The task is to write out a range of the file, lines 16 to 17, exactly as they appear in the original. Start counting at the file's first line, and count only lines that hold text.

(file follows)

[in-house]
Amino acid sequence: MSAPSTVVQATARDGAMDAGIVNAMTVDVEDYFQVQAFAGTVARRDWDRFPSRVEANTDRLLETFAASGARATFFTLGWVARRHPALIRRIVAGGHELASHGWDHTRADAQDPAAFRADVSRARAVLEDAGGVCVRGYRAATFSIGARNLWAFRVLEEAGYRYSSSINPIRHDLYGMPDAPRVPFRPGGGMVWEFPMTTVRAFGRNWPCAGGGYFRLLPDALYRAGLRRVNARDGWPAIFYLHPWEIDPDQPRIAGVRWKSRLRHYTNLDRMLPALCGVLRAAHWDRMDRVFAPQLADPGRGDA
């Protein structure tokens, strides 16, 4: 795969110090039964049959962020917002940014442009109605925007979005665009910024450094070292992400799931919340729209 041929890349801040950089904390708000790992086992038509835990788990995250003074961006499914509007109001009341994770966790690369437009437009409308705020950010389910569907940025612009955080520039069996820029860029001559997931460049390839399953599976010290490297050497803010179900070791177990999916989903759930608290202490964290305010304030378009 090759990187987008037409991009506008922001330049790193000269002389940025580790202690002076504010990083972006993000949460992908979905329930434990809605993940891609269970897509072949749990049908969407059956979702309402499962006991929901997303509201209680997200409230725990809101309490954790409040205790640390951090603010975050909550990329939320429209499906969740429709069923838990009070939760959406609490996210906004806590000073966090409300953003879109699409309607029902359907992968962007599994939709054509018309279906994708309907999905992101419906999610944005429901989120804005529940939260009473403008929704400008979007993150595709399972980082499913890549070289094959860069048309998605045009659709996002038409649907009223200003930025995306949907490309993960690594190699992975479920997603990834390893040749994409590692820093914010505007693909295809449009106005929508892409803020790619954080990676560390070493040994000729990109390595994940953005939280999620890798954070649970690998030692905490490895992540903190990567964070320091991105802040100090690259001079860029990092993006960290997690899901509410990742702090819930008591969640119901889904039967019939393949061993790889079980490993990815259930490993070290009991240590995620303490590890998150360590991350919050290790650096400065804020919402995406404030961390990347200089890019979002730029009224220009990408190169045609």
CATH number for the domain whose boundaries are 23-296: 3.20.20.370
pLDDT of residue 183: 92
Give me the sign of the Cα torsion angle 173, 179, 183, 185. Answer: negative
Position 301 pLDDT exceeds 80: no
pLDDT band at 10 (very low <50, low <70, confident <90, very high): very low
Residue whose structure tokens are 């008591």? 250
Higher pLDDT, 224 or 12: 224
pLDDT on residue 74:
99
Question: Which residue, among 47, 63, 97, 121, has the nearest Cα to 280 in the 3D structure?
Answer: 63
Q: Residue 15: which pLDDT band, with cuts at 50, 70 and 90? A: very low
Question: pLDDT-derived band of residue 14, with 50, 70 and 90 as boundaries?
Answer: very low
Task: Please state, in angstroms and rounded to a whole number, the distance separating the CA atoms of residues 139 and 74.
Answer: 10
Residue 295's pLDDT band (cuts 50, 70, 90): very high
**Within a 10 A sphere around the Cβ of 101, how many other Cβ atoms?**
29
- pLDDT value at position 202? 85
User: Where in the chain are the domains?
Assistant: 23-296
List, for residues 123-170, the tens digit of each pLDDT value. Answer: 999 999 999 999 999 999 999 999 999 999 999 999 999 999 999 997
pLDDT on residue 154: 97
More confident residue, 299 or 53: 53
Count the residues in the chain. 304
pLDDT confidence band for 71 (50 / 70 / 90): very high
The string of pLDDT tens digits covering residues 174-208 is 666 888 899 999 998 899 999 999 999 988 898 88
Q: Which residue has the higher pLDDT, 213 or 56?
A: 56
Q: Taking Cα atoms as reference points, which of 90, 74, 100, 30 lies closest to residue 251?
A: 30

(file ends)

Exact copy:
Question: pLDDT-derived band of residue 14, with 50, 70 and 90 as boundaries?
Answer: very low